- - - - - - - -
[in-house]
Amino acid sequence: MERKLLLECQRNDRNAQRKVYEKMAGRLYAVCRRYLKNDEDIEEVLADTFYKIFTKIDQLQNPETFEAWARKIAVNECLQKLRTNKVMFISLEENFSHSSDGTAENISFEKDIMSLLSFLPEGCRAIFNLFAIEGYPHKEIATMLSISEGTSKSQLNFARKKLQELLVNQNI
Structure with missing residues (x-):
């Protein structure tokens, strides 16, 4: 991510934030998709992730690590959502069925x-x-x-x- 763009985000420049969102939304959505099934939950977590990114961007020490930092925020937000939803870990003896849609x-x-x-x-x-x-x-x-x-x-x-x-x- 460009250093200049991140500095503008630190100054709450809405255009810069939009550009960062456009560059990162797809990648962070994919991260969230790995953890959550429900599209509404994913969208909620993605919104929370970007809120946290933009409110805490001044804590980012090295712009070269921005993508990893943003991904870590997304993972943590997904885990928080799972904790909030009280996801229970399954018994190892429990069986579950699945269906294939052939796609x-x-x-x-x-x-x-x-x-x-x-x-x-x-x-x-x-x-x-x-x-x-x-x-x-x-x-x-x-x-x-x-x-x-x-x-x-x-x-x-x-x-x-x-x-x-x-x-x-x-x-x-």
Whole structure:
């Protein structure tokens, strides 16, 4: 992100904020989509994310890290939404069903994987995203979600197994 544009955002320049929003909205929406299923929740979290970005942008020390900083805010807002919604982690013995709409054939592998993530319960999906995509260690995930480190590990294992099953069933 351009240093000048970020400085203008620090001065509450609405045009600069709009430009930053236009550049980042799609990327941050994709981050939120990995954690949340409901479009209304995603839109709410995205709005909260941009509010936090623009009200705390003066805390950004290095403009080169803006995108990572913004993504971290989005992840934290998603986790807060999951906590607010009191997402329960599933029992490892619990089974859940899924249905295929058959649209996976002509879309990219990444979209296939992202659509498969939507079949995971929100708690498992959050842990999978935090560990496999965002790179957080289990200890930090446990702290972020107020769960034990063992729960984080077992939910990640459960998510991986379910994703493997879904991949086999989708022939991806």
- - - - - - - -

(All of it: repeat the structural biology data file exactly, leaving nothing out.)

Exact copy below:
[in-house]
Amino acid sequence: MERKLLLECQRNDRNAQRKVYEKMAGRLYAVCRRYLKNDEDIEEVLADTFYKIFTKIDQLQNPETFEAWARKIAVNECLQKLRTNKVMFISLEENFSHSSDGTAENISFEKDIMSLLSFLPEGCRAIFNLFAIEGYPHKEIATMLSISEGTSKSQLNFARKKLQELLVNQNI
Structure with missing residues (x-):
């Protein structure tokens, strides 16, 4: 991510934030998709992730690590959502069925x-x-x-x- 763009985000420049969102939304959505099934939950977590990114961007020490930092925020937000939803870990003896849609x-x-x-x-x-x-x-x-x-x-x-x-x- 460009250093200049991140500095503008630190100054709450809405255009810069939009550009960062456009560059990162797809990648962070994919991260969230790995953890959550429900599209509404994913969208909620993605919104929370970007809120946290933009409110805490001044804590980012090295712009070269921005993508990893943003991904870590997304993972943590997904885990928080799972904790909030009280996801229970399954018994190892429990069986579950699945269906294939052939796609x-x-x-x-x-x-x-x-x-x-x-x-x-x-x-x-x-x-x-x-x-x-x-x-x-x-x-x-x-x-x-x-x-x-x-x-x-x-x-x-x-x-x-x-x-x-x-x-x-x-x-x-």
Whole structure:
């Protein structure tokens, strides 16, 4: 992100904020989509994310890290939404069903994987995203979600197994 544009955002320049929003909205929406299923929740979290970005942008020390900083805010807002919604982690013995709409054939592998993530319960999906995509260690995930480190590990294992099953069933 351009240093000048970020400085203008620090001065509450609405045009600069709009430009930053236009550049980042799609990327941050994709981050939120990995954690949340409901479009209304995603839109709410995205709005909260941009509010936090623009009200705390003066805390950004290095403009080169803006995108990572913004993504971290989005992840934290998603986790807060999951906590607010009191997402329960599933029992490892619990089974859940899924249905295929058959649209996976002509879309990219990444979209296939992202659509498969939507079949995971929100708690498992959050842990999978935090560990496999965002790179957080289990200890930090446990702290972020107020769960034990063992729960984080077992939910990640459960998510991986379910994703493997879904991949086999989708022939991806």